Tuesday, January 23, 2007

Powering up for Jean Crowder talk tonight

Just a reminder that Jean Crowder, MP for Nananimo-Cowichan , will be speaking on the issues surrounding our Canadian food supply system tonight at 7:30pm at St Phillips Cedar Anglican Church (1797 Cedar Road). I'll be there with a table for the Nanaimo 100 Mile Diet. Come out and support local farmers.

Yesterday, after wrestling with the website for a few hours, I was in need of some baking therapy. I made up a batch of my power cookies. These were originally concocted for our multiday paddling trips. They pack and travel well. What does end up crumbling works well as granola fodder. I needed a snack that would deliver energy without much fuss but wouldn't lead to a sugar crash. These are fairly low in added sugar, instead they depend on dried fruit for sweetness. The seeds, whole wheat flour and coconut also provide a more sustained energy source. They also can double as a breakfast cookie. They freeze well and are easy to make. I made this batch withl local eggs, local wildflower honey and local fruits that I dehydrated over the summer. I used Red Fife flour from True Grains bakery.

Here's the recipe for my Fast & Dirty Power Cookies:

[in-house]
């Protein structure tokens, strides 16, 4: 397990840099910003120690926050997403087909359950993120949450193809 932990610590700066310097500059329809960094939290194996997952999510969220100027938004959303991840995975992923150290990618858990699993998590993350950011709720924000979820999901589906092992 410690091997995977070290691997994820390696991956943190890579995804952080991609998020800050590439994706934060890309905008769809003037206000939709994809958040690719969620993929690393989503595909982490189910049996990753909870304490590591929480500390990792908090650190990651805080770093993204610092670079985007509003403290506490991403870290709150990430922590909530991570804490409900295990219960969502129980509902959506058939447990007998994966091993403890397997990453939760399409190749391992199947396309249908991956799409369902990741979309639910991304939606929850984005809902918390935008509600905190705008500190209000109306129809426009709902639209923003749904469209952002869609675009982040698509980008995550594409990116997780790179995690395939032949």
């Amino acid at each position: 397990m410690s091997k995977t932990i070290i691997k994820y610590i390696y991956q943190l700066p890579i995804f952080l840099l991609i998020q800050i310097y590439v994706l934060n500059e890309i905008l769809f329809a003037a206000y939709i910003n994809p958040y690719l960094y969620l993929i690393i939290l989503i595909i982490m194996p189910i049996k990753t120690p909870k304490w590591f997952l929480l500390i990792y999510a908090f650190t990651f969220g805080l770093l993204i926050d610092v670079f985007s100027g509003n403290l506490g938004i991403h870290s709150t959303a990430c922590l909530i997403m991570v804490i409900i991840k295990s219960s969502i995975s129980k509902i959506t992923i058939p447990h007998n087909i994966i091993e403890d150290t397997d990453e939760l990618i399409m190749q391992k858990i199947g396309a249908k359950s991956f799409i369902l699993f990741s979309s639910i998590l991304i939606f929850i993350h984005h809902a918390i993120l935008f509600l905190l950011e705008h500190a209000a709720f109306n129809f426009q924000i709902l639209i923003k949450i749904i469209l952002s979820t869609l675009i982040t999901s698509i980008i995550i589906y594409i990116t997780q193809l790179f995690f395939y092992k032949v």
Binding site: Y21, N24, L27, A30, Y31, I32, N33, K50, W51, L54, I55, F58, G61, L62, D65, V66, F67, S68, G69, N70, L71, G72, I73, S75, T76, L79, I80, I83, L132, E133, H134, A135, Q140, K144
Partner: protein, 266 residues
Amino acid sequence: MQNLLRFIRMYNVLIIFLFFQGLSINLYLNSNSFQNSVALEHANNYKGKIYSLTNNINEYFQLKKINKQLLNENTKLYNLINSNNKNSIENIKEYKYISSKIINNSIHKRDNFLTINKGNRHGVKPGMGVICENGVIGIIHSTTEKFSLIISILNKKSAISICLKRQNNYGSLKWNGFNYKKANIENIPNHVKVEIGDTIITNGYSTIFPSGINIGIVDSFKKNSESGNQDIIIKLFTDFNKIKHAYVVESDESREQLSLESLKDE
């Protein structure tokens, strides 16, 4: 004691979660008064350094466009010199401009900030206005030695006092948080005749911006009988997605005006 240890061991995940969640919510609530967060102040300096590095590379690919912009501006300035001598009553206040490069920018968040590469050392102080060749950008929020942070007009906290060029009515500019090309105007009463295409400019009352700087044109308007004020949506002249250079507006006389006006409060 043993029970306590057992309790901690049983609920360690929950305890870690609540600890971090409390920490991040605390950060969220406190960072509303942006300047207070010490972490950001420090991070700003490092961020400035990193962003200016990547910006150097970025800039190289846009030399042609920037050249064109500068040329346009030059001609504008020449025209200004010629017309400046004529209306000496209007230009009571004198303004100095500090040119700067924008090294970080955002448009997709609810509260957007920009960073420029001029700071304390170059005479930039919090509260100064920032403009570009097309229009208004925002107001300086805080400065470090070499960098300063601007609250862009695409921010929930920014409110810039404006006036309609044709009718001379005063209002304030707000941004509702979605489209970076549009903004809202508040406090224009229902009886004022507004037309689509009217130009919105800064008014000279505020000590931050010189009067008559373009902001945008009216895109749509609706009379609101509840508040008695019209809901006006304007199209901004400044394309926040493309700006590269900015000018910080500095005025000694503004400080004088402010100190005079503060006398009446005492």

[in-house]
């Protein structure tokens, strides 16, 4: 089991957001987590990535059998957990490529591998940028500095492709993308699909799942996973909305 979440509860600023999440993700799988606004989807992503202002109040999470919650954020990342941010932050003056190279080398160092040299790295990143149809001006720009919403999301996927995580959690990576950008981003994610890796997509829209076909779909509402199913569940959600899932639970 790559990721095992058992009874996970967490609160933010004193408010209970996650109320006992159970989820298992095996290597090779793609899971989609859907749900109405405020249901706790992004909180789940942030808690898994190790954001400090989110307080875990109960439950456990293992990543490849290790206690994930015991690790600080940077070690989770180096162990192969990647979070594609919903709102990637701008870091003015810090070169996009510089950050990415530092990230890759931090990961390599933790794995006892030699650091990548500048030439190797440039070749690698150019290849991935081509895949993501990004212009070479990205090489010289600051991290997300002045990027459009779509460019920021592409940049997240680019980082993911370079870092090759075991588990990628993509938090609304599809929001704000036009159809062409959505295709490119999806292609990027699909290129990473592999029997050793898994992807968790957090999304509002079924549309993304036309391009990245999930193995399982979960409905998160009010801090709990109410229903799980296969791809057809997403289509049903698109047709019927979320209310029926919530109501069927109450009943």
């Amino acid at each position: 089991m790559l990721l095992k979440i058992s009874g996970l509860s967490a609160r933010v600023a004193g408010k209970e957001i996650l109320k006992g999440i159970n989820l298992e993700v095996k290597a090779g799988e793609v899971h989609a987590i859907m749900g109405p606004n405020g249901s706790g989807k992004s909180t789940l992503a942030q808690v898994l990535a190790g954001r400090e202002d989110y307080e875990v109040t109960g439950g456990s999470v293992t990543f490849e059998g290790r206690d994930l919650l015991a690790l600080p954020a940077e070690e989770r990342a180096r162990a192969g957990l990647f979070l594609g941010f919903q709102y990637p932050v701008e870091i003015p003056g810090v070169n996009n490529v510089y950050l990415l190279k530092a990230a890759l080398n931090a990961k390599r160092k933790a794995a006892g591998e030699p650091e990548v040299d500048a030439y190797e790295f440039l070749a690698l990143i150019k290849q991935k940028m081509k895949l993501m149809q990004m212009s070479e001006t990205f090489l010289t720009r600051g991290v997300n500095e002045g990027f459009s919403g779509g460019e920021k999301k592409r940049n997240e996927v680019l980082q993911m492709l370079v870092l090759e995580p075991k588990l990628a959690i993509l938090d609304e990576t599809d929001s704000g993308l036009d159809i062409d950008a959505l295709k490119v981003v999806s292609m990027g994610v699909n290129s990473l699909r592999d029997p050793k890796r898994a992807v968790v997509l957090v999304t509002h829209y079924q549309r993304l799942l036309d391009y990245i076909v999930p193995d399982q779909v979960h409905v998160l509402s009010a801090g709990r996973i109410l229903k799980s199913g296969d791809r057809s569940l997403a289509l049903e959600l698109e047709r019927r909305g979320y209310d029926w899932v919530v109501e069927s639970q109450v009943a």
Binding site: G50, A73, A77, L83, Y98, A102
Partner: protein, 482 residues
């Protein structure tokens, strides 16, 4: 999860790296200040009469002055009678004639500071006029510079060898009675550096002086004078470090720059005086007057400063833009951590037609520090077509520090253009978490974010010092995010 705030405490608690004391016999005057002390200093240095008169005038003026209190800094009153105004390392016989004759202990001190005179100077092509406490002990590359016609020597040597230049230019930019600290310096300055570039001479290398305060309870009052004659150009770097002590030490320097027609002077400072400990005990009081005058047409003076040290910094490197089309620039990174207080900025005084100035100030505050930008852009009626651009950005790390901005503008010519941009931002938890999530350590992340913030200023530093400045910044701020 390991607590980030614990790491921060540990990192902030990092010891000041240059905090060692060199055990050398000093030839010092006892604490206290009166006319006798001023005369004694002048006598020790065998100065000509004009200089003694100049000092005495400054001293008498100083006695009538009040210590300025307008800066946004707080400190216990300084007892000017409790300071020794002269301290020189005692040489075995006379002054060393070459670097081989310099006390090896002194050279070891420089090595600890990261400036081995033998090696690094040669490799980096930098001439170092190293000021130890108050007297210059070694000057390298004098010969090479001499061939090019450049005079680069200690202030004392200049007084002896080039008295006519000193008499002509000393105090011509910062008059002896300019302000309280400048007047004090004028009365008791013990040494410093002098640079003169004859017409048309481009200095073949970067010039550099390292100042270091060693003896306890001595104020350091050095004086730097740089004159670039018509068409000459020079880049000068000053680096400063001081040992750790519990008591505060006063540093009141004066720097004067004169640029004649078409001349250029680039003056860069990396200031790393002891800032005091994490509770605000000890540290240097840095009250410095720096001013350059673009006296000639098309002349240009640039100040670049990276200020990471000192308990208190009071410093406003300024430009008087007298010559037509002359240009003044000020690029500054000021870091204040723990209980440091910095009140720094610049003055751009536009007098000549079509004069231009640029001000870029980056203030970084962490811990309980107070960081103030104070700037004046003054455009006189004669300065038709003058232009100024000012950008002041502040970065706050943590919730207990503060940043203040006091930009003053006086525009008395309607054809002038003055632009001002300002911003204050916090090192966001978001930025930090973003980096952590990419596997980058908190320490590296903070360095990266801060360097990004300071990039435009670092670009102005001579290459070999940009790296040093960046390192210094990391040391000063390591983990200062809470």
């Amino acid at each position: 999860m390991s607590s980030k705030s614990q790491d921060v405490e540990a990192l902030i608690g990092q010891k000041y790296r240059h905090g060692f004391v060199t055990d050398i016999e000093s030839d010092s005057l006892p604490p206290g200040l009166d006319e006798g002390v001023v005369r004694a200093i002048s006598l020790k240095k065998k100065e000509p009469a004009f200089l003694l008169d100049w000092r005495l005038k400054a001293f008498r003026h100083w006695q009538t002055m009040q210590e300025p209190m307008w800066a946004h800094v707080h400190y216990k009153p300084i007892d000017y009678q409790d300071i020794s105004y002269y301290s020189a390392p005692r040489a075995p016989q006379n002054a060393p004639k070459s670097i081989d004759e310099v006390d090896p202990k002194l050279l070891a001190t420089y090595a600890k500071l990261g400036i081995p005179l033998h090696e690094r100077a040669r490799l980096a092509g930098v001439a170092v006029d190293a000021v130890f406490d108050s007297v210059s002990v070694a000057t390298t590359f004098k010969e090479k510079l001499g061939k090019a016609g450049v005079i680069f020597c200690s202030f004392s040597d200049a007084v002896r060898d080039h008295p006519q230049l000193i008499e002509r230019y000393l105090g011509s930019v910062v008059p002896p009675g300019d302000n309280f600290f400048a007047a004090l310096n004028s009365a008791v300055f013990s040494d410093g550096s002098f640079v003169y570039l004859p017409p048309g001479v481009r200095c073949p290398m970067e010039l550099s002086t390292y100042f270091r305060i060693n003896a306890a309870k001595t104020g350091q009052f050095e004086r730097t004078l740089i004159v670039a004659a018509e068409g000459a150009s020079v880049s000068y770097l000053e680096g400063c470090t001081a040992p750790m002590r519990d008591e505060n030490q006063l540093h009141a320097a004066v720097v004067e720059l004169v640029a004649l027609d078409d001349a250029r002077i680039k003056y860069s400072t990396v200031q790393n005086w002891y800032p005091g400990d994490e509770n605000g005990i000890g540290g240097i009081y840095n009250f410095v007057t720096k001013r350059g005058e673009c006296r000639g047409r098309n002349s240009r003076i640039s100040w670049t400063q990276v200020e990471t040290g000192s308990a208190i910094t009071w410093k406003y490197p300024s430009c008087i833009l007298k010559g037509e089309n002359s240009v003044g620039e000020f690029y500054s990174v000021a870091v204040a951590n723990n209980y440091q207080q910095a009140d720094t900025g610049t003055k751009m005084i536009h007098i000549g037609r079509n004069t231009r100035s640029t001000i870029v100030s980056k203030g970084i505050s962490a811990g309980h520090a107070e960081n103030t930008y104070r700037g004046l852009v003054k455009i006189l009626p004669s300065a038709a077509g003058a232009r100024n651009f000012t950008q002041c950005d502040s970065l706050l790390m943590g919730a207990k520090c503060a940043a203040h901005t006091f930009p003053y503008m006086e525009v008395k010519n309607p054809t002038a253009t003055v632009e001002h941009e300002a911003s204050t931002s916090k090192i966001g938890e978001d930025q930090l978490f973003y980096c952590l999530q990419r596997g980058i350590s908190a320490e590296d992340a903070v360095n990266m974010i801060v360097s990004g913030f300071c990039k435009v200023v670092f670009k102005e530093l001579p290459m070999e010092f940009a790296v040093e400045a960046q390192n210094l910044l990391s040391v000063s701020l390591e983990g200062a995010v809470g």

Wet ingredients:
1 cup shortening
2 eggs
1/3 cup honey or brown or cane sugar

Dry ingredients:

2 cups whole wheat flour
1 cup whole rolled oats or any othey rolled grain

1/2 teaspoon salt
1 tablespoon baking powder
1/2 cup coconut

1 1/2 cup of seeds - flax, sesame, poppy, pumpkin, sunflower seeds
1 1/2 cups of any dried fruits - chopped if needed.
1/2 cup chocolate chips (optional)

1- Preheat oven to 350F. Line cookie sheets with parchment paper or silpat sheet.
2- Beat wet ingredients together until smooth
3- Measure and dump dry ingredients in the wet mixture.
4- Mix until just incorporated.
5- Scoop out about 2 tablespoons of dough and roll until fairly round. Arrange onto lined pan with at 2 inches between cookies. Press dough ball with fingers or palms. You don't want them too smooshed. More like pucks.
6- Bake for 10-12 mins or until edges are golden.
7- Let cool on rack.
8- Enjoy!

Since this week is pretty busy, I figured I'd make a big batch of stew last night to see us through these next few days. I excavated a package of local beef stew meat, beef stock and tomatoes from the freezer. With some local mushrooms, carrots, onions, parsnips and the last of our local garlic, I made a beef stew. After quickly browning the meat and veggies on the stove, I let th
e stew finish cooking up nice and slow in the oven, along with some roasted local Russet potatoes.


I even found some parsley in the veggie garden that miraculously survived this last spell of epic weather. I love it when potatoes roast up all brown and crusty like that. I also excavated a loaf
of multigrain seed bread from the freezer that I served with some roasted garlic that I threw in with the roasted potatoes. So yummy!

I gotta go back to fixing the 100 Mile Diet N
anaimo website. Can someone please pass me the sledgehammer?

Happy Eating!

1 comment:

Allison Cross said...

Hi Jen,

I'm from the Daily News in Nanaimo and have been trying to contact you. I'd love to write about the hundred-mile diet, but your email from the website doesn't seem to work. If you'd like, give me a call at 729-4237 or email across(at)nanaimodailynews.com